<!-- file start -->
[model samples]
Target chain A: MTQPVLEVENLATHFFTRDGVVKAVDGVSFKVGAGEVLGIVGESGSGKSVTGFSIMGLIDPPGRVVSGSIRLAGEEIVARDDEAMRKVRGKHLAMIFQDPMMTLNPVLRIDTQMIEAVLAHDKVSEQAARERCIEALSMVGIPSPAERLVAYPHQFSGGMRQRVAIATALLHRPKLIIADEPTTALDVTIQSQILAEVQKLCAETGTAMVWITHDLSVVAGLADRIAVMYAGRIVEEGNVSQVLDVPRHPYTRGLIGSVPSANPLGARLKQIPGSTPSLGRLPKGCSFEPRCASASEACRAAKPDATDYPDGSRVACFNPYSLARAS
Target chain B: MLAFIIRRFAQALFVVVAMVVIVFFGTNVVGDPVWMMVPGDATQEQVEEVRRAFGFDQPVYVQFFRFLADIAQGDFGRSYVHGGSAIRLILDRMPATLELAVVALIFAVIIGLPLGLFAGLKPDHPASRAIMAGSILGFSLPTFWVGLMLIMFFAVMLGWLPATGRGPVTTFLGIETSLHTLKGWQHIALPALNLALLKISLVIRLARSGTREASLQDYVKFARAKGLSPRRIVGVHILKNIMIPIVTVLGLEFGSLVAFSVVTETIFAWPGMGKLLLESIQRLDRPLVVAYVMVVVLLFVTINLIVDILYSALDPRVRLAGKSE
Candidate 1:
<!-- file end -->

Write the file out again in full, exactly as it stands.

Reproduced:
[model samples]
Target chain A: MTQPVLEVENLATHFFTRDGVVKAVDGVSFKVGAGEVLGIVGESGSGKSVTGFSIMGLIDPPGRVVSGSIRLAGEEIVARDDEAMRKVRGKHLAMIFQDPMMTLNPVLRIDTQMIEAVLAHDKVSEQAARERCIEALSMVGIPSPAERLVAYPHQFSGGMRQRVAIATALLHRPKLIIADEPTTALDVTIQSQILAEVQKLCAETGTAMVWITHDLSVVAGLADRIAVMYAGRIVEEGNVSQVLDVPRHPYTRGLIGSVPSANPLGARLKQIPGSTPSLGRLPKGCSFEPRCASASEACRAAKPDATDYPDGSRVACFNPYSLARAS
Target chain B: MLAFIIRRFAQALFVVVAMVVIVFFGTNVVGDPVWMMVPGDATQEQVEEVRRAFGFDQPVYVQFFRFLADIAQGDFGRSYVHGGSAIRLILDRMPATLELAVVALIFAVIIGLPLGLFAGLKPDHPASRAIMAGSILGFSLPTFWVGLMLIMFFAVMLGWLPATGRGPVTTFLGIETSLHTLKGWQHIALPALNLALLKISLVIRLARSGTREASLQDYVKFARAKGLSPRRIVGVHILKNIMIPIVTVLGLEFGSLVAFSVVTETIFAWPGMGKLLLESIQRLDRPLVVAYVMVVVLLFVTINLIVDILYSALDPRVRLAGKSE
Candidate 1: